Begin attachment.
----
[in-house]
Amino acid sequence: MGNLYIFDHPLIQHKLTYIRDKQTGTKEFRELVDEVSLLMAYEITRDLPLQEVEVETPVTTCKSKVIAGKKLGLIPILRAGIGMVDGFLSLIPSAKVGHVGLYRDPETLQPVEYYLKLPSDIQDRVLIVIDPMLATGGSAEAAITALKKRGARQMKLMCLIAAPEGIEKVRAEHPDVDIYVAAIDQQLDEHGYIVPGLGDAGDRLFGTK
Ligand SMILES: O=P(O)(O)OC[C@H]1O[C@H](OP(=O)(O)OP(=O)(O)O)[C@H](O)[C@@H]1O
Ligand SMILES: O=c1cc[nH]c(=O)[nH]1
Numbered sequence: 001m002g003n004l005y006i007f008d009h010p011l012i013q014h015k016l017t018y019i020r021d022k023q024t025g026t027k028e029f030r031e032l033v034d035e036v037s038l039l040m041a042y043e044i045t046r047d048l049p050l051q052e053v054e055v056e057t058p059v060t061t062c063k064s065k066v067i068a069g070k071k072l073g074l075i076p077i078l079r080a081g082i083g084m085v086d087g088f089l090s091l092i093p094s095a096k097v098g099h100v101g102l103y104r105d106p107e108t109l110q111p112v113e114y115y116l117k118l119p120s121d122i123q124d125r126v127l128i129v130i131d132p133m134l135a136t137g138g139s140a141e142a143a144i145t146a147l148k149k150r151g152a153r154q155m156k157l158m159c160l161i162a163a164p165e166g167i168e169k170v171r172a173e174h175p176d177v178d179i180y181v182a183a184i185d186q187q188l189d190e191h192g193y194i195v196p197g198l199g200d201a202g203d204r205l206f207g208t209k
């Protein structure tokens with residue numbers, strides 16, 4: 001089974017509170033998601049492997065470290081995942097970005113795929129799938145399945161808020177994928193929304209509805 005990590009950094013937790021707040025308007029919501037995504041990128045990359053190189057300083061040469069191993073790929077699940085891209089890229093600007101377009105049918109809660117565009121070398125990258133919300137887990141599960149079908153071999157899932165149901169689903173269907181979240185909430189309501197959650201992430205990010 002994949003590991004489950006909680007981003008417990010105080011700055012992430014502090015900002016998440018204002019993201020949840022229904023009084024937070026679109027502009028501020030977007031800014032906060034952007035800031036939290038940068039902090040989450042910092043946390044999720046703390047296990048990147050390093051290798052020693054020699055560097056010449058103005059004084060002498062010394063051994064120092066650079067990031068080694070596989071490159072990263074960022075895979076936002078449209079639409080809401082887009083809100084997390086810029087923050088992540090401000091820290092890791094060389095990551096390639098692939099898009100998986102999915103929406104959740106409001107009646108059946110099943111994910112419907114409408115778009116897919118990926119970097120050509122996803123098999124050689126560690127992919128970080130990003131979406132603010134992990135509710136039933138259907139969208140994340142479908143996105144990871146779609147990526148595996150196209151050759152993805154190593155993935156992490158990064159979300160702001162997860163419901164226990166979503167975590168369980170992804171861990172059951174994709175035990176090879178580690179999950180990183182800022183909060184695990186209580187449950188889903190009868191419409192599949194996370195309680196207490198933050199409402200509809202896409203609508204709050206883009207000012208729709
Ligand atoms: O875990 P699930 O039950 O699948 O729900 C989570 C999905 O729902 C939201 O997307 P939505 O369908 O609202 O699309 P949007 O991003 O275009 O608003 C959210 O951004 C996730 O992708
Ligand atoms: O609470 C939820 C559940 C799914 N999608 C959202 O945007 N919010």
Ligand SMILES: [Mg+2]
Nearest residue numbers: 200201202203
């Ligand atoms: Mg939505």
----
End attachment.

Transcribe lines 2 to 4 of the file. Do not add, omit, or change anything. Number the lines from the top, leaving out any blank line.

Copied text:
Amino acid sequence: MGNLYIFDHPLIQHKLTYIRDKQTGTKEFRELVDEVSLLMAYEITRDLPLQEVEVETPVTTCKSKVIAGKKLGLIPILRAGIGMVDGFLSLIPSAKVGHVGLYRDPETLQPVEYYLKLPSDIQDRVLIVIDPMLATGGSAEAAITALKKRGARQMKLMCLIAAPEGIEKVRAEHPDVDIYVAAIDQQLDEHGYIVPGLGDAGDRLFGTK
Ligand SMILES: O=P(O)(O)OC[C@H]1O[C@H](OP(=O)(O)OP(=O)(O)O)[C@H](O)[C@@H]1O
Ligand SMILES: O=c1cc[nH]c(=O)[nH]1